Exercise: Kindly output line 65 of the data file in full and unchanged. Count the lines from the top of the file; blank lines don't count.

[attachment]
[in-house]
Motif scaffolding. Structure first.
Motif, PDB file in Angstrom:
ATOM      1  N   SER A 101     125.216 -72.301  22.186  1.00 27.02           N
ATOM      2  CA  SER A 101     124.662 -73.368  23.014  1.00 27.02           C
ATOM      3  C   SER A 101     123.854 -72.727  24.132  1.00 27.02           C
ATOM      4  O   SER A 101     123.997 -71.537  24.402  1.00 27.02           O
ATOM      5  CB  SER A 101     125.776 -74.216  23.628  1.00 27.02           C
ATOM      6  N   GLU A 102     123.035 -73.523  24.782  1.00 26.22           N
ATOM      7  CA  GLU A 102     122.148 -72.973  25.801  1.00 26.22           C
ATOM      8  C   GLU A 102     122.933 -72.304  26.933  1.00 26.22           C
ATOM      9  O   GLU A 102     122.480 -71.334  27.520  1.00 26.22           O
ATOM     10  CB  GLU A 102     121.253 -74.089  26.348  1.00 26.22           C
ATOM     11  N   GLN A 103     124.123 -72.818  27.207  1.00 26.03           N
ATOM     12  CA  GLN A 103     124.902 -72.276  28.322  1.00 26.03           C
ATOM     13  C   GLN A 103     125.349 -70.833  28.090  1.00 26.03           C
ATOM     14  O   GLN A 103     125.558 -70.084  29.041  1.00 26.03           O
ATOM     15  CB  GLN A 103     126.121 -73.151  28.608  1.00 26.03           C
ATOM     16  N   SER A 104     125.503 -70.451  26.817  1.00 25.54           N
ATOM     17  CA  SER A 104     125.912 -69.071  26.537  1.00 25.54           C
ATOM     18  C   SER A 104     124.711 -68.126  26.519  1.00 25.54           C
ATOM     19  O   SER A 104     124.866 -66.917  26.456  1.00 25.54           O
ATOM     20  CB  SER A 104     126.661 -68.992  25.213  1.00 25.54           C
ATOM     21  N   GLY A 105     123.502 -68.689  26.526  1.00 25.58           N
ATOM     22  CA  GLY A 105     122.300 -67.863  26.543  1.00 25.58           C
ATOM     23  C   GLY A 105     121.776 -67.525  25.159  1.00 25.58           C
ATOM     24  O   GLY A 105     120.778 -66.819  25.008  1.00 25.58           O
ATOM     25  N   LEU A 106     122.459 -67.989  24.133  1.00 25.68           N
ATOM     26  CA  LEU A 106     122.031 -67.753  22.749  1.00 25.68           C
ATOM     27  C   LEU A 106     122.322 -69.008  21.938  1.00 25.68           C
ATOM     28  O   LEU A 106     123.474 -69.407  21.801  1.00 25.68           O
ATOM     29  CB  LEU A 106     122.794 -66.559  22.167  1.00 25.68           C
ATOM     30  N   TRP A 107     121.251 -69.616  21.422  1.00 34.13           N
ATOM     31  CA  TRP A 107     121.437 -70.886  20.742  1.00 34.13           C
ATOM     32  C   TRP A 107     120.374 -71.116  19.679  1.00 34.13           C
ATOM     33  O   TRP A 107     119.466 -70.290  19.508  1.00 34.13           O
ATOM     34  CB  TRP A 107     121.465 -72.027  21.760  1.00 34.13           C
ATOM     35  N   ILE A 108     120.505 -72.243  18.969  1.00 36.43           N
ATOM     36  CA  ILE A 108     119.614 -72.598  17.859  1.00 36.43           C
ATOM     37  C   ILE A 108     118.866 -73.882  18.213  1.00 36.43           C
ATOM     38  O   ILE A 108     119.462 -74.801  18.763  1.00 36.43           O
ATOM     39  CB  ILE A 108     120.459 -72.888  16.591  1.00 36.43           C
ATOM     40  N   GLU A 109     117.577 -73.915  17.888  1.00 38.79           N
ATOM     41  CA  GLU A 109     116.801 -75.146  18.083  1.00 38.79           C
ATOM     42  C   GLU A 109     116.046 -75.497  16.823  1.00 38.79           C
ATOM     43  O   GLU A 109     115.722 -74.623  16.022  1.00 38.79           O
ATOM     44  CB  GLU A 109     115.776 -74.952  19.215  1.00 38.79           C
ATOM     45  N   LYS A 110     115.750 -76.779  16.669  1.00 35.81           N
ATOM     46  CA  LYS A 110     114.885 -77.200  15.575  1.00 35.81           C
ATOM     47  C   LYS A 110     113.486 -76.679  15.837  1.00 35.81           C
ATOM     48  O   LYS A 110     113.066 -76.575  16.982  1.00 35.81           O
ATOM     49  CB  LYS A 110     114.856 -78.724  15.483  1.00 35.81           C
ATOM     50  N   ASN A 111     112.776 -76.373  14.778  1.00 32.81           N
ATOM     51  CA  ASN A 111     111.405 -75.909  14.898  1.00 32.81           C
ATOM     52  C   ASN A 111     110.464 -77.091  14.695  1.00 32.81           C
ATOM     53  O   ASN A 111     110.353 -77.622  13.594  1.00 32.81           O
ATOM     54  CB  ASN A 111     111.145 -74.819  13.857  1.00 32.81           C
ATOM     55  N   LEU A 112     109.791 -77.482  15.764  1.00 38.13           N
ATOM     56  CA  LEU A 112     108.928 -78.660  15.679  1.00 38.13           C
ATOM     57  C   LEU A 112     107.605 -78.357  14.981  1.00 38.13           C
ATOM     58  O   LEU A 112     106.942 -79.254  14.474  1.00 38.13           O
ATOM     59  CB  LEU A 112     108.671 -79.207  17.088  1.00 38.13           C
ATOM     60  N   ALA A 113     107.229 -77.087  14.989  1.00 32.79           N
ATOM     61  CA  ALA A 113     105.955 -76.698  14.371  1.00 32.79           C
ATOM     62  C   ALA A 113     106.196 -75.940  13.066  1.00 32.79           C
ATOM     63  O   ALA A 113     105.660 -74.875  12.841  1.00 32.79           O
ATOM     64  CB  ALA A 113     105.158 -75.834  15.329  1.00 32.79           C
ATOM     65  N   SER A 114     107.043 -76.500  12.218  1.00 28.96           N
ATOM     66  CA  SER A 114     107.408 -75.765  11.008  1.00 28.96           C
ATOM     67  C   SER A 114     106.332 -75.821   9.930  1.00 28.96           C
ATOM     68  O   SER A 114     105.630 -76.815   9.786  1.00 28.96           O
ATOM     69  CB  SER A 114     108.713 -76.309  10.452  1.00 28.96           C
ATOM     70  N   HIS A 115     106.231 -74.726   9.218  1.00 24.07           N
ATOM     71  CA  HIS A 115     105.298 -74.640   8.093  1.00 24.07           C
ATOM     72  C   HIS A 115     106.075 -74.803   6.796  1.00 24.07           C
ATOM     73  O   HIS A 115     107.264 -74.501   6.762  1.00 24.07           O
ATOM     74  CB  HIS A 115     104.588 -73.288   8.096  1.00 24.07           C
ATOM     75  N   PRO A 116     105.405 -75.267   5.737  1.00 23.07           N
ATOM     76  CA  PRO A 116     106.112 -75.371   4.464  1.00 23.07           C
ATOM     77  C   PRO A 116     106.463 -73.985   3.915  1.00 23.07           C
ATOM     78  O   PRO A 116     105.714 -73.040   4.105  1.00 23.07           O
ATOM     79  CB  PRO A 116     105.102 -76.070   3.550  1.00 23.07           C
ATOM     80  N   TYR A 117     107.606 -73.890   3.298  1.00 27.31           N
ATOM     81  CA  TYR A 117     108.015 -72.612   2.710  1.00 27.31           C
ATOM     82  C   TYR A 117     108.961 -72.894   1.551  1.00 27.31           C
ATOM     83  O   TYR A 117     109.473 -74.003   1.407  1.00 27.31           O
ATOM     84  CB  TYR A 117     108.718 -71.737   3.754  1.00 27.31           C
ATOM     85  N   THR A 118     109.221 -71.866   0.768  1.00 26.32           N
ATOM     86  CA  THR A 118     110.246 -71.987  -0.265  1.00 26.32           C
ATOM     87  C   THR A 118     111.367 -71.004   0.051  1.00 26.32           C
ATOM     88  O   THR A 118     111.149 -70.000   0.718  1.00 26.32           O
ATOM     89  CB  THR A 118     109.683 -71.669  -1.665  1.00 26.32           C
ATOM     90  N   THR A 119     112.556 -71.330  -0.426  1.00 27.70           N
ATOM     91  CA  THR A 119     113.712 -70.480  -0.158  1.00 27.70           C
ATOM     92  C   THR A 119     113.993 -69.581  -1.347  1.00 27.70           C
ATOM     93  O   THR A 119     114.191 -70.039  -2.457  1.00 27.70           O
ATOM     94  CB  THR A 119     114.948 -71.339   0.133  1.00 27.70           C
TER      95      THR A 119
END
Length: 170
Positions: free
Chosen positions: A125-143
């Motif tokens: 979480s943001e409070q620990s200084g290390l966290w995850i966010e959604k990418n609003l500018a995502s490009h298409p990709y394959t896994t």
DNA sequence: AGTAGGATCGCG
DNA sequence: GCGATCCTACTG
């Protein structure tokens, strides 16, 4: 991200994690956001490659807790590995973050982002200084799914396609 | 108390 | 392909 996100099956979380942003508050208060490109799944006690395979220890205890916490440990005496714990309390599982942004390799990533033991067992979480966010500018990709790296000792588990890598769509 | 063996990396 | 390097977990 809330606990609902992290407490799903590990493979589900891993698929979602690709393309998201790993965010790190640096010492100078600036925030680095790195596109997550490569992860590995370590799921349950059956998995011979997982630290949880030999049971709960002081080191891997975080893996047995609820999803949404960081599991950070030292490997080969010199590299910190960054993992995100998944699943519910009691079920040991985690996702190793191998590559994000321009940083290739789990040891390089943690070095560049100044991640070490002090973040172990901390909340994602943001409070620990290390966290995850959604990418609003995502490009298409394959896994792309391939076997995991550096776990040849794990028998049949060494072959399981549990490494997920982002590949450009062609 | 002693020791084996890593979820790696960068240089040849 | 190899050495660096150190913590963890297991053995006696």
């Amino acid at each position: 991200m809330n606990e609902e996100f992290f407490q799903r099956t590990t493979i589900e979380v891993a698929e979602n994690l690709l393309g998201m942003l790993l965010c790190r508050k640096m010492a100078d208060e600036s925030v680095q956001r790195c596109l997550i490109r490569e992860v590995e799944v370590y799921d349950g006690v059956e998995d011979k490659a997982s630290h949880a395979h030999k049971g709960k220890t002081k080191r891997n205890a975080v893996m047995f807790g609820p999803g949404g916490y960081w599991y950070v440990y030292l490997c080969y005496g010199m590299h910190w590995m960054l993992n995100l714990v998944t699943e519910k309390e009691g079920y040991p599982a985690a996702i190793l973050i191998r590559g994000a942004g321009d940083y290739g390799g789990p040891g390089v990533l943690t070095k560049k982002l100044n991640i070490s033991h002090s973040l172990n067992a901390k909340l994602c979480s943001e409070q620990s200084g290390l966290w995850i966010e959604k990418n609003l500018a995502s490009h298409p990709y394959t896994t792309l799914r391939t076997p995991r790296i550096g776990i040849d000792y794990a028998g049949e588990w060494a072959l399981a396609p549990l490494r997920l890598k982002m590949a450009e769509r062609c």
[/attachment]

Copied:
ATOM     62  C   ALA A 113     106.196 -75.940  13.066  1.00 32.79           C